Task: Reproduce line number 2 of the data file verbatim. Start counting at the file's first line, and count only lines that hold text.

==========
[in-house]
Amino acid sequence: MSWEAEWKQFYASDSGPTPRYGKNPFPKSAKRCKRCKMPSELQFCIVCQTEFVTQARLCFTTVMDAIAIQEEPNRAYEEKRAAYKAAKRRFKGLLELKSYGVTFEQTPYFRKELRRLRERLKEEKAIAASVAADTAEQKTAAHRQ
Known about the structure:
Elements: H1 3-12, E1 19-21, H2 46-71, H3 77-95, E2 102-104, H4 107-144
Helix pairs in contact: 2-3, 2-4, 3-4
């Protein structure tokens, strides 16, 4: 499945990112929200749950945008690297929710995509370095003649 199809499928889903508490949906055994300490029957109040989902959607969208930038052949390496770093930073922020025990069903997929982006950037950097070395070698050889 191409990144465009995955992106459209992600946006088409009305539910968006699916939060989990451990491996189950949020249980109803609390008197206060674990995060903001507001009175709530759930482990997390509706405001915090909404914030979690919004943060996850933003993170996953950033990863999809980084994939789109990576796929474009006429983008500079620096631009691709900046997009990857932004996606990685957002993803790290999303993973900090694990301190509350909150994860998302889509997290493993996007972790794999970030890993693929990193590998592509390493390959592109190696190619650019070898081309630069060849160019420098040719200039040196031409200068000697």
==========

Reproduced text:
Amino acid sequence: MSWEAEWKQFYASDSGPTPRYGKNPFPKSAKRCKRCKMPSELQFCIVCQTEFVTQARLCFTTVMDAIAIQEEPNRAYEEKRAAYKAAKRRFKGLLELKSYGVTFEQTPYFRKELRRLRERLKEEKAIAASVAADTAEQKTAAHRQ